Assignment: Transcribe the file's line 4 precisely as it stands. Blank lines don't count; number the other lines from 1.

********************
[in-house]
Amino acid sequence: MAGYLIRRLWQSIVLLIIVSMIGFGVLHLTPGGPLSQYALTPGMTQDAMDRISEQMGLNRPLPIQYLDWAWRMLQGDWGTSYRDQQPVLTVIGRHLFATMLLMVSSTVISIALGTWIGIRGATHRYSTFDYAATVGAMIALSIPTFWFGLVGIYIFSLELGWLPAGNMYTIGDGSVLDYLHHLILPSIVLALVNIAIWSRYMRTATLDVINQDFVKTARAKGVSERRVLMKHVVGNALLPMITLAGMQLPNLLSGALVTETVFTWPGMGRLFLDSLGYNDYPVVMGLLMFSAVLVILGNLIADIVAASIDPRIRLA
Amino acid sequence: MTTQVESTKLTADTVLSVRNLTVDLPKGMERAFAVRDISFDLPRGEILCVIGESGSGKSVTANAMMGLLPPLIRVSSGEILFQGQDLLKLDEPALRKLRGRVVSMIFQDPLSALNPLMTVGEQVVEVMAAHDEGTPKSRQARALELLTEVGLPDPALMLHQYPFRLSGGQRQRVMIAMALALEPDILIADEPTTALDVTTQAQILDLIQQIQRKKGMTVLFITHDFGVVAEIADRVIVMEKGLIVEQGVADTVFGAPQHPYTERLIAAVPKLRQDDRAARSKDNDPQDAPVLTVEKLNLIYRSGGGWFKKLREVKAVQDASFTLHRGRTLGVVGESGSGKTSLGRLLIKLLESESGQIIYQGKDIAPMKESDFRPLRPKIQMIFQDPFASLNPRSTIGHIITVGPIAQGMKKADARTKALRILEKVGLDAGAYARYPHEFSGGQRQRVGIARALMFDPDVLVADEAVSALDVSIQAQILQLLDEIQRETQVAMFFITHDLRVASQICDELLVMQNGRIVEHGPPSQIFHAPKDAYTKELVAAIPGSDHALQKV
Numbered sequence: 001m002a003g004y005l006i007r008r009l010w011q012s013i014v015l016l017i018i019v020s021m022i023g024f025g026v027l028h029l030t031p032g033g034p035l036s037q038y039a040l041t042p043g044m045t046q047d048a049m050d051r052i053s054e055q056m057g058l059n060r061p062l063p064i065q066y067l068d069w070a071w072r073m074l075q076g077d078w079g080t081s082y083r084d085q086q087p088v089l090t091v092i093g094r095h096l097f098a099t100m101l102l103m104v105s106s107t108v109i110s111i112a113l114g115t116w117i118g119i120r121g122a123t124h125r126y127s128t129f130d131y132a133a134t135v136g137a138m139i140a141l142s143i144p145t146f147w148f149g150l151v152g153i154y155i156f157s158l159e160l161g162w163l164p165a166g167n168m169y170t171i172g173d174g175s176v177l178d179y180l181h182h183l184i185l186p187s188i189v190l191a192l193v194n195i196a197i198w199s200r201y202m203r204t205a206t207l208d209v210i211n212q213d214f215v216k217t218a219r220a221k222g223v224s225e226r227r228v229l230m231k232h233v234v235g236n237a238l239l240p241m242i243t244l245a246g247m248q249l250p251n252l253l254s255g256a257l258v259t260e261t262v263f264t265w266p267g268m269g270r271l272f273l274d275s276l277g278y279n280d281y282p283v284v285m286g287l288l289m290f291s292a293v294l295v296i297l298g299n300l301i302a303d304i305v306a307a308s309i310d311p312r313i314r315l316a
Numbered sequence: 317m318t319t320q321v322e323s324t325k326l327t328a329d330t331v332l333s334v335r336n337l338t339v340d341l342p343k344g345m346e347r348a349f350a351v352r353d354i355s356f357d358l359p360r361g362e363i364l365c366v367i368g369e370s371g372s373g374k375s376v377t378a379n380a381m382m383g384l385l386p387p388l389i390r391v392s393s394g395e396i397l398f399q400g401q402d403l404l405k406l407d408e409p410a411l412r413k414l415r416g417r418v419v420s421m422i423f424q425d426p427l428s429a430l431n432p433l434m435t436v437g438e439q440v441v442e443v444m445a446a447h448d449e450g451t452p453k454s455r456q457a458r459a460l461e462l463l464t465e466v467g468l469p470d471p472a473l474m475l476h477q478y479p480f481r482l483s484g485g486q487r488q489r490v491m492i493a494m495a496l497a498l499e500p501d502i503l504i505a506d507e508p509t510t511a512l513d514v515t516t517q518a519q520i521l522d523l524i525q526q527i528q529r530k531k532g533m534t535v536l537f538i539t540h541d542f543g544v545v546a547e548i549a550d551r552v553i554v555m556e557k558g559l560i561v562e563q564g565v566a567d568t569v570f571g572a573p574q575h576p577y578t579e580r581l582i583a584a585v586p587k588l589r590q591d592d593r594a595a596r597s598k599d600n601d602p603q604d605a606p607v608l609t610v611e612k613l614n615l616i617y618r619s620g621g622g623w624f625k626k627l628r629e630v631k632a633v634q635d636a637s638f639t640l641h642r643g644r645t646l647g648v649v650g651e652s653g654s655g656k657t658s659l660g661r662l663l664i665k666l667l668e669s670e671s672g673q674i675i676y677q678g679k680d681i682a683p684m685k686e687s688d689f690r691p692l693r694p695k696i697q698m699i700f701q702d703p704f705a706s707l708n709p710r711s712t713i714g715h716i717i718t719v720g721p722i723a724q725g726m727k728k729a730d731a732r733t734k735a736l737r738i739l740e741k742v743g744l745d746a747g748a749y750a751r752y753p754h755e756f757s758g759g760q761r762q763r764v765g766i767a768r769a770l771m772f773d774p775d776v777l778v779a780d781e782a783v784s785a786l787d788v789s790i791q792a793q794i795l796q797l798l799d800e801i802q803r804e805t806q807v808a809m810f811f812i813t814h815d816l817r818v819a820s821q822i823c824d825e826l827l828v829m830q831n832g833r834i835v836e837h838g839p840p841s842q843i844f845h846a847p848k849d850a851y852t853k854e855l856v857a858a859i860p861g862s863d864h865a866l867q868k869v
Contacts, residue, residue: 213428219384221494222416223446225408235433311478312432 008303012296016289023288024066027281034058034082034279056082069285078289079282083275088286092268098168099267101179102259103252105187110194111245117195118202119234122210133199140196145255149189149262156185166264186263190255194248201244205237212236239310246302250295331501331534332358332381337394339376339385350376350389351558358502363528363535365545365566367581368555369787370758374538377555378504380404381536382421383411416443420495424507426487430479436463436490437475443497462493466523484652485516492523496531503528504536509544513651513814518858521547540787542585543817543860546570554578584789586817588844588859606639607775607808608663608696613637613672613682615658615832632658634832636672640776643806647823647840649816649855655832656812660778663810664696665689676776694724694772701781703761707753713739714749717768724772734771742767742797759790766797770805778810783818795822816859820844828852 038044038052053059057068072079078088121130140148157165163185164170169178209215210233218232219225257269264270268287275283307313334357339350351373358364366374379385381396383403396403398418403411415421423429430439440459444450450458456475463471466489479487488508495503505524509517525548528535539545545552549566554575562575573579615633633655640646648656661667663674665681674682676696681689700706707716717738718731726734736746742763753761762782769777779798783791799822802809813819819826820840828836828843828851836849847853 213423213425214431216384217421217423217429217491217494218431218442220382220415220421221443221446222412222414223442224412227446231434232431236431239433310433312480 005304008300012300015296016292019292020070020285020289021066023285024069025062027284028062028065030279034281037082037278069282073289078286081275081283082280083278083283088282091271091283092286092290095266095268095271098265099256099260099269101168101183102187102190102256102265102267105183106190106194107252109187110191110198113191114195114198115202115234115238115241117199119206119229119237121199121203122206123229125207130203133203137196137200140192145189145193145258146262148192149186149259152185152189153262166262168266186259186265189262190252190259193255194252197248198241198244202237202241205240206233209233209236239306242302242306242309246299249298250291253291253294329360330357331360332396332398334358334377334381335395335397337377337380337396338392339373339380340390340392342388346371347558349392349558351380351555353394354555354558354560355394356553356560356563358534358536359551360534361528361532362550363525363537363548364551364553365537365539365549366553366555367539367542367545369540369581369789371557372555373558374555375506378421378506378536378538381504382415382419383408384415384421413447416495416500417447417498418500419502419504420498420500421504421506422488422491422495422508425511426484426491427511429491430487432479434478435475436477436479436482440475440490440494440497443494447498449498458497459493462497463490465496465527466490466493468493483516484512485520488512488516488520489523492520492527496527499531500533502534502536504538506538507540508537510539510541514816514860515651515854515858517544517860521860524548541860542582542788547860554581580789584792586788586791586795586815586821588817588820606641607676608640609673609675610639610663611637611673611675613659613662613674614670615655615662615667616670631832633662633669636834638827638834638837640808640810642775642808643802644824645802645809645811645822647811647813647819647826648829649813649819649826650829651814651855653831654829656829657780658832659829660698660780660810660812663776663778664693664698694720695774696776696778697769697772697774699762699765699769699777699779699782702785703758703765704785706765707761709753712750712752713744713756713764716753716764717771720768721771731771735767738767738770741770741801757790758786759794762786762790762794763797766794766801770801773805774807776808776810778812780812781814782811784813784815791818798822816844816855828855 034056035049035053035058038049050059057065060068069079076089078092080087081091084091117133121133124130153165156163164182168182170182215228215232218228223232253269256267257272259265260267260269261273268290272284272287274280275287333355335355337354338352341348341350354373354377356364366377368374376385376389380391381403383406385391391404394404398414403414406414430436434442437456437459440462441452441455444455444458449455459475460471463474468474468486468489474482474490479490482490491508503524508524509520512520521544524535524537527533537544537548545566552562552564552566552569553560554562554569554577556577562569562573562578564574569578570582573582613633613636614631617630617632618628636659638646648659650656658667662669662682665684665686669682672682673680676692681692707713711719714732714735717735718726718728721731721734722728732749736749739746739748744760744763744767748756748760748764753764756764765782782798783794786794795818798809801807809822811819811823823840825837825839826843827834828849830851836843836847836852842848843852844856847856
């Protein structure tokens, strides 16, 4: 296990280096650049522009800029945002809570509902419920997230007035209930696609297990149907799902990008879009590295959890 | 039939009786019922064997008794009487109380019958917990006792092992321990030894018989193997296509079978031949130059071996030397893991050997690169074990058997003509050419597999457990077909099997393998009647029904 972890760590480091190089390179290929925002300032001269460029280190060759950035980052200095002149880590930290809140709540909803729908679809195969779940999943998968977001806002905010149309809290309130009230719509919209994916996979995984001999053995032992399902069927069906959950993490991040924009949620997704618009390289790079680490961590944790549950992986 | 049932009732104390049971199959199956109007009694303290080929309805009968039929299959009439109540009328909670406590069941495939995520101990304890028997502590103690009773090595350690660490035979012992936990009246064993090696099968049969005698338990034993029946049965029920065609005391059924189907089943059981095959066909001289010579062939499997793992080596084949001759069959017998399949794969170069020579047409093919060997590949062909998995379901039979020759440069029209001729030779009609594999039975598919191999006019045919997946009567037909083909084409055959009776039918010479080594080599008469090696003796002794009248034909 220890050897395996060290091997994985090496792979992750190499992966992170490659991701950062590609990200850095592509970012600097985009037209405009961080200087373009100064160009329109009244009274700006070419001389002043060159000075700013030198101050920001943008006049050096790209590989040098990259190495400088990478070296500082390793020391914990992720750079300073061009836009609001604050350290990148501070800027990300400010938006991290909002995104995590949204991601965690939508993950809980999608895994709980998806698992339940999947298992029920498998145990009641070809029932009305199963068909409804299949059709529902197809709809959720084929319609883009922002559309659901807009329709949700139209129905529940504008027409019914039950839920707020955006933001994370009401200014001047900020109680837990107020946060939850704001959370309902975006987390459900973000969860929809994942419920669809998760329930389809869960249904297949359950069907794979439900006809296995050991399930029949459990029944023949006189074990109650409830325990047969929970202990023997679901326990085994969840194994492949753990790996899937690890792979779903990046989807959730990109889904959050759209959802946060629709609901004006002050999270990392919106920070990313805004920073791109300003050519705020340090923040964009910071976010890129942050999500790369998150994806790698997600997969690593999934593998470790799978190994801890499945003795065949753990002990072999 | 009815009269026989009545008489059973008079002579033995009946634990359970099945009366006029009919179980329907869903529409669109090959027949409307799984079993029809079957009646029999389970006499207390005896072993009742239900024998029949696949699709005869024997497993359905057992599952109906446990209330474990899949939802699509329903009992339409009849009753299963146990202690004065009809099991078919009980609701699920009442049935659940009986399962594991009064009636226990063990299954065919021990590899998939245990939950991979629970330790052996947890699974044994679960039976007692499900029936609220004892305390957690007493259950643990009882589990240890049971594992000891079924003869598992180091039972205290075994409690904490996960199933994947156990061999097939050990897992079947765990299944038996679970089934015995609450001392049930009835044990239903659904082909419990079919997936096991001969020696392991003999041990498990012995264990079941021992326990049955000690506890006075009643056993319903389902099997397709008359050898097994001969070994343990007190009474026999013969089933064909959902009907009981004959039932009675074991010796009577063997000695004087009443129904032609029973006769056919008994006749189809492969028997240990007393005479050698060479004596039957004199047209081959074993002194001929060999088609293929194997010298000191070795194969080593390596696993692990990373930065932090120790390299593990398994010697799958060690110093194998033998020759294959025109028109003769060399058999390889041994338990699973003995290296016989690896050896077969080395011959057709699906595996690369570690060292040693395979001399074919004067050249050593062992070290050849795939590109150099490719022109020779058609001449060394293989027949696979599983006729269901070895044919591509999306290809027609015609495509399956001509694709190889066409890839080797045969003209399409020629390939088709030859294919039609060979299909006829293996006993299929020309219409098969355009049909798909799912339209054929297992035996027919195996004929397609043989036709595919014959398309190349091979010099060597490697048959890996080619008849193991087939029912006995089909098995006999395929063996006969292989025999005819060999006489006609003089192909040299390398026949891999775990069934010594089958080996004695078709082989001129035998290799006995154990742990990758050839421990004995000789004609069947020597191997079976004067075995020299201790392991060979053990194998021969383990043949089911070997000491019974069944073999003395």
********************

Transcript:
Numbered sequence: 001m002a003g004y005l006i007r008r009l010w011q012s013i014v015l016l017i018i019v020s021m022i023g024f025g026v027l028h029l030t031p032g033g034p035l036s037q038y039a040l041t042p043g044m045t046q047d048a049m050d051r052i053s054e055q056m057g058l059n060r061p062l063p064i065q066y067l068d069w070a071w072r073m074l075q076g077d078w079g080t081s082y083r084d085q086q087p088v089l090t091v092i093g094r095h096l097f098a099t100m101l102l103m104v105s106s107t108v109i110s111i112a113l114g115t116w117i118g119i120r121g122a123t124h125r126y127s128t129f130d131y132a133a134t135v136g137a138m139i140a141l142s143i144p145t146f147w148f149g150l151v152g153i154y155i156f157s158l159e160l161g162w163l164p165a166g167n168m169y170t171i172g173d174g175s176v177l178d179y180l181h182h183l184i185l186p187s188i189v190l191a192l193v194n195i196a197i198w199s200r201y202m203r204t205a206t207l208d209v210i211n212q213d214f215v216k217t218a219r220a221k222g223v224s225e226r227r228v229l230m231k232h233v234v235g236n237a238l239l240p241m242i243t244l245a246g247m248q249l250p251n252l253l254s255g256a257l258v259t260e261t262v263f264t265w266p267g268m269g270r271l272f273l274d275s276l277g278y279n280d281y282p283v284v285m286g287l288l289m290f291s292a293v294l295v296i297l298g299n300l301i302a303d304i305v306a307a308s309i310d311p312r313i314r315l316a